The Documentary Center

The Institute for Documentary Filmmaking

Documentary Center student filming

There are no other intensive graduate documentary studies programs in the nation like the one here at the George Washington University. The Institute for Documentary Filmmaking is held annually between January and June and leads to a Certificate in Documentary Filmmaking. For the past 25 plus years, we have been the only institution that offers this accelerated training and education in nonfiction production. Maintaining a standard of excellence found across all of the programs offered by the School of Media and Public Affairs at GW, the Institute for Documentary Filmmaking has been ranked one of the top ten documentary schools in the nation. 



Alumni John Dillon



"A year before graduating from the GW Doc Institute I was a college graduate working a minimum wage job in my hometown with the dream of getting into documentary filmmaking. I had worked on a few independent projects but the Institute provided me with a professional skill set in a matter of months. As Producer at the Doc Institute I learned how to manage a team and produce a film on a deadline. Today I am working as a Video Producer in DC and was lucky enough to film in Afghanistan for a nationally aired PBS documentary."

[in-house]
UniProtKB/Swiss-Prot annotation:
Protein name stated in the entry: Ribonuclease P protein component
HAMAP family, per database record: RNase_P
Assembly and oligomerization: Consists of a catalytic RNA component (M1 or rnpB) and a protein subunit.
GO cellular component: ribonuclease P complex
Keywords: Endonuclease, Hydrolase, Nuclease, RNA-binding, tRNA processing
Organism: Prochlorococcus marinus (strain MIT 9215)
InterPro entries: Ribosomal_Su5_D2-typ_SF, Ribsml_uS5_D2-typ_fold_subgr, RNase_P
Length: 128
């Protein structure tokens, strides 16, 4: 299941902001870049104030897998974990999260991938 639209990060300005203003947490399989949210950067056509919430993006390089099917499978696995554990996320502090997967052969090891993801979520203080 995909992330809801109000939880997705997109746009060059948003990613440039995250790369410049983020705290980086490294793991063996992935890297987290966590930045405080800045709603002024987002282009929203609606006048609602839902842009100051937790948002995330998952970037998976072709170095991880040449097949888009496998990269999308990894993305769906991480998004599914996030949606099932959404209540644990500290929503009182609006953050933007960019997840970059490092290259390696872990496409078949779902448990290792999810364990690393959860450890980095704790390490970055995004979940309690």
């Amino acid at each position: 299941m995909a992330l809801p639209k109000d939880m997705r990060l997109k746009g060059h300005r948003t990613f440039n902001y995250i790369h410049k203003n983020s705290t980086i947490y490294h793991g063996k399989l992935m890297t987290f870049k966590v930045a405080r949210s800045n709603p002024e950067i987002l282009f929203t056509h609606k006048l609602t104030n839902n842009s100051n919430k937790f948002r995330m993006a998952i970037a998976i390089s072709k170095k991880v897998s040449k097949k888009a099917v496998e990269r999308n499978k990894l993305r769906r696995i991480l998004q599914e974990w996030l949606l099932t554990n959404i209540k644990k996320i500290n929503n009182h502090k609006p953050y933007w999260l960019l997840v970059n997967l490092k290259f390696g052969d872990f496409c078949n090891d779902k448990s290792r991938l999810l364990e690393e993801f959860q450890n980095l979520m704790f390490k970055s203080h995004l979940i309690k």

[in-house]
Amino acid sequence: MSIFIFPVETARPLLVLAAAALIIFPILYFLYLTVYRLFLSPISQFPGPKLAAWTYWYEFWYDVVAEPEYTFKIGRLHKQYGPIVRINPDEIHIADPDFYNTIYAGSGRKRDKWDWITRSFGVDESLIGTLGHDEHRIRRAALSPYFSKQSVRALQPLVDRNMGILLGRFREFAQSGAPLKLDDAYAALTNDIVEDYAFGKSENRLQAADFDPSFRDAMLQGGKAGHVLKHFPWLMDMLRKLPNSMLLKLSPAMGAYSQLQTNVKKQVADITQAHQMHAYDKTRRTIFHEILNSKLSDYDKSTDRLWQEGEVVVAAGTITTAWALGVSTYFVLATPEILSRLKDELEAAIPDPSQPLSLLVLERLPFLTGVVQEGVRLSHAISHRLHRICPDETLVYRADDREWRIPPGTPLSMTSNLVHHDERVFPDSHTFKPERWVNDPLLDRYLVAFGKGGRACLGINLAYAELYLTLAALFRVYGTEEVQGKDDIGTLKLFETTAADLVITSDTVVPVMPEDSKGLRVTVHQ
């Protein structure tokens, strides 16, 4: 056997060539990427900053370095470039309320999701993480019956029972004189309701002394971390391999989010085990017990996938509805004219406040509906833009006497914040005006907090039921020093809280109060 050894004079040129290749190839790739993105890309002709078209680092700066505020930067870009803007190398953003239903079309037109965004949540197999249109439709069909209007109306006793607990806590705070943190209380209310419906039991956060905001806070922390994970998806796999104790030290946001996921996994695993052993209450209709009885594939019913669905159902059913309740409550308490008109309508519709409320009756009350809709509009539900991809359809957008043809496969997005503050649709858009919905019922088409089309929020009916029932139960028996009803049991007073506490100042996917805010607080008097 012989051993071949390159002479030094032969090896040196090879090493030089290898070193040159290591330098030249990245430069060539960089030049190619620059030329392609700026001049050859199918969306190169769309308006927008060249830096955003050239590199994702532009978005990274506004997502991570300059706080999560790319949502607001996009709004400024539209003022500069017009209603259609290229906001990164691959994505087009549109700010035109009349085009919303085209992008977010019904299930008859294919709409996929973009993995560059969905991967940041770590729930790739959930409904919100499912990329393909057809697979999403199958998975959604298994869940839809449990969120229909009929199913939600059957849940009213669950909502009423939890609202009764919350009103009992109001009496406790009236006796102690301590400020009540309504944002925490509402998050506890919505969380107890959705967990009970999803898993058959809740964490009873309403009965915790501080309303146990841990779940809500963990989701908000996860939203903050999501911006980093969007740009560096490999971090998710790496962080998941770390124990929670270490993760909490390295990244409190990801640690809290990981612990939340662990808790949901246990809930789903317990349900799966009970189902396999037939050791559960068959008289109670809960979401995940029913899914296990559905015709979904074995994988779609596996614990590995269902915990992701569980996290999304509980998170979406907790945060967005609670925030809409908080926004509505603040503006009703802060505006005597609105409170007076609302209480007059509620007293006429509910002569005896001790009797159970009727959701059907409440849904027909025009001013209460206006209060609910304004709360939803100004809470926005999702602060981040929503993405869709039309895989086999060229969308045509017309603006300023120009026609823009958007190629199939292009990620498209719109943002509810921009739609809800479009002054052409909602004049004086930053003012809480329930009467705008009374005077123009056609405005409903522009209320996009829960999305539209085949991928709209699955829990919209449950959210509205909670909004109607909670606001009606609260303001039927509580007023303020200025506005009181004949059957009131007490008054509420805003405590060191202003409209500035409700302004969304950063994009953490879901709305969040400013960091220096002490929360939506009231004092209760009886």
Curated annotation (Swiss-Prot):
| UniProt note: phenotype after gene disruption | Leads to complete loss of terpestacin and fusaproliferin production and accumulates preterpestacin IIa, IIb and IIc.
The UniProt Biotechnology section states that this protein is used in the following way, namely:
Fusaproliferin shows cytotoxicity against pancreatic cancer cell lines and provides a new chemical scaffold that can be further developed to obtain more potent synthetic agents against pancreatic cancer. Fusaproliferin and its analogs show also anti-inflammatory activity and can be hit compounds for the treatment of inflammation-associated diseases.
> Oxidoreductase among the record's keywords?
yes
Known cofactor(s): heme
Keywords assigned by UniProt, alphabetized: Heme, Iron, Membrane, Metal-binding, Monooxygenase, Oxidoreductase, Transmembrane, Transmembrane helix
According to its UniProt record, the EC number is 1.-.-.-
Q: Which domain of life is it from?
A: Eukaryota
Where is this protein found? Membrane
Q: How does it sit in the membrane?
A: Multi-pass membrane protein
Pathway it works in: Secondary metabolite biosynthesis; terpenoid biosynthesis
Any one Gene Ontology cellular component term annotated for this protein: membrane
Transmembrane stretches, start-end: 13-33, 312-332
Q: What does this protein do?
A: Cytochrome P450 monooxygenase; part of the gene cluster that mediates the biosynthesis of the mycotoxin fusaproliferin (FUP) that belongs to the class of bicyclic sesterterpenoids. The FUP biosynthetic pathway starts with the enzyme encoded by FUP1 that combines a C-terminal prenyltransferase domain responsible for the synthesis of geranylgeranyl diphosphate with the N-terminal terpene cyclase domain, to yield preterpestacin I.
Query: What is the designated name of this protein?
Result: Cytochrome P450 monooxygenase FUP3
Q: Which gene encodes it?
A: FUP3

– John Dillon, Class of 2012

Our Films

Cover for A Short History of Sweet Potato Pie

A Short History of Sweet Potato Pie

In the tradition of ‘Chocolat’ comes Sweet Potato Pie. Here is the true story of Pearl Mallory who works as a cook at the St. Mary’s Court Retirement Home in Washington, D.C.

Cover for the Matador

The Matador

The Matador is the epic tale of David Fandila's quest to become the world’s top-ranked bullfighter. 
It is a love story - of a son for his family, of a people for their traditions, and of the bullfighter’s paradoxical love for the beast that he must kill to create his art.

Cover for Parables of War

Parables of War

Parables of War explores the intersection of art with the artist and the ways in which art can help bind the wounds of war -- both for the soldiers themselves and for those they left behind.

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